Less than three weeks after Governor Emeka Ihedioha of Imo State assumed office, a columnist in an Owerri-based newspaper queried why he was yet to flag off a “major project”. A few days later, another commentator in a rejoinder argued that while “projects” are important, they must be distinguished from “edifice mentality” which, according to him, was the bane of governance in the state for eight years; and wherein the people were made to see halls and squares as the hallmark of development. Today, if we are talking of edifices, Imo would likely rank first among the 36 state. But unknown to the hapless citizens of the state, the buildings and squares are standing on top of a massive financial and procedural filth.
Note that insiders of the new administration appreciate the charge that we prefer to look back instead of looking forward – whatever that means. Of course, the administration of Ihedioha is inevitably forward-looking but it also owes a duty to explain to the good people of Imo State where they were before now, since that is the only way they can consciously pursue a collective aspiration for a greater future. We cannot be tired of telling the people the state of affairs before now. How would Ihedioha, no matter how “nice” anybody would like him to be, fail to disclose to the people that in the last eight years, over 250 bank accounts existed in the state through which revenue accruing to government was supposedly managed; or that monies deducted from the salaries of civil servants under the Pay As You Earn (PAYE) system never got into the coffers of government; or that such monies indeed “disappeared between the Accountant-General’s office and the MDA’s.”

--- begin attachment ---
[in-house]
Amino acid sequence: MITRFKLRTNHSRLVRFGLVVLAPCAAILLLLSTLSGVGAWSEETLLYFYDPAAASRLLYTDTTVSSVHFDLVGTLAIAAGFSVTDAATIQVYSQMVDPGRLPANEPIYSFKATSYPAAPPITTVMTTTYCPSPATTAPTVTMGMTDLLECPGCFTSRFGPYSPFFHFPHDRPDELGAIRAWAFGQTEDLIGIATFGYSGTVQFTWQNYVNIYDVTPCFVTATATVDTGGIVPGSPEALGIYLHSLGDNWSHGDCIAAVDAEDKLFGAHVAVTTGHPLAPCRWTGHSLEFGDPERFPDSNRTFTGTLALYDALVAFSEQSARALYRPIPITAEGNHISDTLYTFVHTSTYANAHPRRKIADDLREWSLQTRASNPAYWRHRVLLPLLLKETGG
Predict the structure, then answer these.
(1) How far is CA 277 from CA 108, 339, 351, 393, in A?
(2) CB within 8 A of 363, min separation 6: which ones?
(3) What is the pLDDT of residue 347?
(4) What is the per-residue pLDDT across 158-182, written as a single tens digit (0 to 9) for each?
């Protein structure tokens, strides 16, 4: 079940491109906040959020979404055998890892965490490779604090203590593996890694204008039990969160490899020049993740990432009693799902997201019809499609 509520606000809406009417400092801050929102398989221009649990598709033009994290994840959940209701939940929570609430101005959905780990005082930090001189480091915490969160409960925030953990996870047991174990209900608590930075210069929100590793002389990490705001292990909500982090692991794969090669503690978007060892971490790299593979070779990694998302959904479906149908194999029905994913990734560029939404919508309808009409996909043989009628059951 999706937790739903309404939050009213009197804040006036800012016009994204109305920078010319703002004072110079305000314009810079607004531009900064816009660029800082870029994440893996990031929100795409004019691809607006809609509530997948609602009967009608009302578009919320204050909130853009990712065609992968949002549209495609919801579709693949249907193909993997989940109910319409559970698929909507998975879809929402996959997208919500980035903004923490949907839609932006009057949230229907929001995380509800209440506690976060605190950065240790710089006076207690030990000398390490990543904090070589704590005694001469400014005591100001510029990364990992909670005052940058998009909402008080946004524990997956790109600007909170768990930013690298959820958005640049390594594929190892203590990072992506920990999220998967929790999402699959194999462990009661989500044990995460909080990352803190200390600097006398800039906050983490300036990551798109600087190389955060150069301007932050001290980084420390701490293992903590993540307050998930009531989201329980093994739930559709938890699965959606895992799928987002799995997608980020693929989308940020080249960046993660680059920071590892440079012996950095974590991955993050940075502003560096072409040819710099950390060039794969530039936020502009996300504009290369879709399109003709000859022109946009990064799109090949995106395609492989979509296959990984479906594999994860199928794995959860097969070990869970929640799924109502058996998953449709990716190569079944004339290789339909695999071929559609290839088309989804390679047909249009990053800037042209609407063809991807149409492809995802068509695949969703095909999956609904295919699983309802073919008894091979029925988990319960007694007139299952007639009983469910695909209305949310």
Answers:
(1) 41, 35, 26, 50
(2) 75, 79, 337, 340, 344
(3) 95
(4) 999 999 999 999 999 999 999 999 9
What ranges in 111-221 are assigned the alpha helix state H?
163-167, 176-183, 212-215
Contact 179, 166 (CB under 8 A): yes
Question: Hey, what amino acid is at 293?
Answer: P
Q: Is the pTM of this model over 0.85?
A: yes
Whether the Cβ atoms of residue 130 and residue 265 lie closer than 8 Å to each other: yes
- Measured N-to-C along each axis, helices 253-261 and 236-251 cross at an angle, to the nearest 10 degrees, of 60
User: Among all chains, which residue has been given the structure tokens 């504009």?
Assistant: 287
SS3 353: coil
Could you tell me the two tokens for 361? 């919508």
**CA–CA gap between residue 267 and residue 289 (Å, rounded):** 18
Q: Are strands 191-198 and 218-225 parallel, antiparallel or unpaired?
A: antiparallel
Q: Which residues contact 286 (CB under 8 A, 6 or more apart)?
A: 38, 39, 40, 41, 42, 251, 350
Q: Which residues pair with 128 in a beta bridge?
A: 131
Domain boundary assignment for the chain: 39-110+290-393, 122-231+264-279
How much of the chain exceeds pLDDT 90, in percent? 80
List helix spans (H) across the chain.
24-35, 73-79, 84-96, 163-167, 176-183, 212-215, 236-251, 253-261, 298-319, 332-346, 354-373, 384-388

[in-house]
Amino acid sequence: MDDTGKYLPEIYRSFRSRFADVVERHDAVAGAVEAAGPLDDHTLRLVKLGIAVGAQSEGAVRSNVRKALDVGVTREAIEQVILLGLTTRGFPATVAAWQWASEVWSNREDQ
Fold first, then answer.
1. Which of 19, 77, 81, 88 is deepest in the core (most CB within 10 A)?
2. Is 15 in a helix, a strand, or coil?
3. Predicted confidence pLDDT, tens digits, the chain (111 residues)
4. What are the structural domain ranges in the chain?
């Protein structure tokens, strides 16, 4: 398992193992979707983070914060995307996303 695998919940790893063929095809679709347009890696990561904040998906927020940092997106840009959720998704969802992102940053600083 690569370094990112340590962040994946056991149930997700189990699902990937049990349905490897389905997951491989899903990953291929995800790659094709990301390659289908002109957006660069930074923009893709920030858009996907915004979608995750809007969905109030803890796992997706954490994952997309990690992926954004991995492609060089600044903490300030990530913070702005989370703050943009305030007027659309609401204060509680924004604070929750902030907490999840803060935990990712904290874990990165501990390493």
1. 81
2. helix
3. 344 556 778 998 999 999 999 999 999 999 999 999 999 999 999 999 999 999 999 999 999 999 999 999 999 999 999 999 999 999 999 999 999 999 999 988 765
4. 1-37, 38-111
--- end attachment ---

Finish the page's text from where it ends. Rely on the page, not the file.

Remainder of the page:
Would the governor be “playing politics” to let Imolites know that even with that incredible number of bank accounts, payments for government services were “being made in cash as against directly to bank accounts” and that “these payments in cash were not duly transmitted to government treasury…”, resulting in “massive fraud and heavy loss of funds to the government”. Or take another situation whereby “MDAs… maintained and operated revenue accounts… in pseudo names instead of directing payments to the central electric platform of the Board of Internal Revenue”, leading to a situation where “these funds were spent … and not properly accounted for…”
I have just pointed at a few of the findings of the eight-man Financial Advisory Committee (FAC) set-up by Ihedioha on assumption of office to look into how the state’s finances, especially from internally generated revenue, were managed. The committee led by Dr. Abraham Nwankwo, an egg head who, for a decade, headed Nigeria’s Debt Management Office (DMO), turned in an interim report last week. Would Ihedioha be playing politics or wanting to do his predecessor in, by letting fellow citizens know of this parlous state of affairs?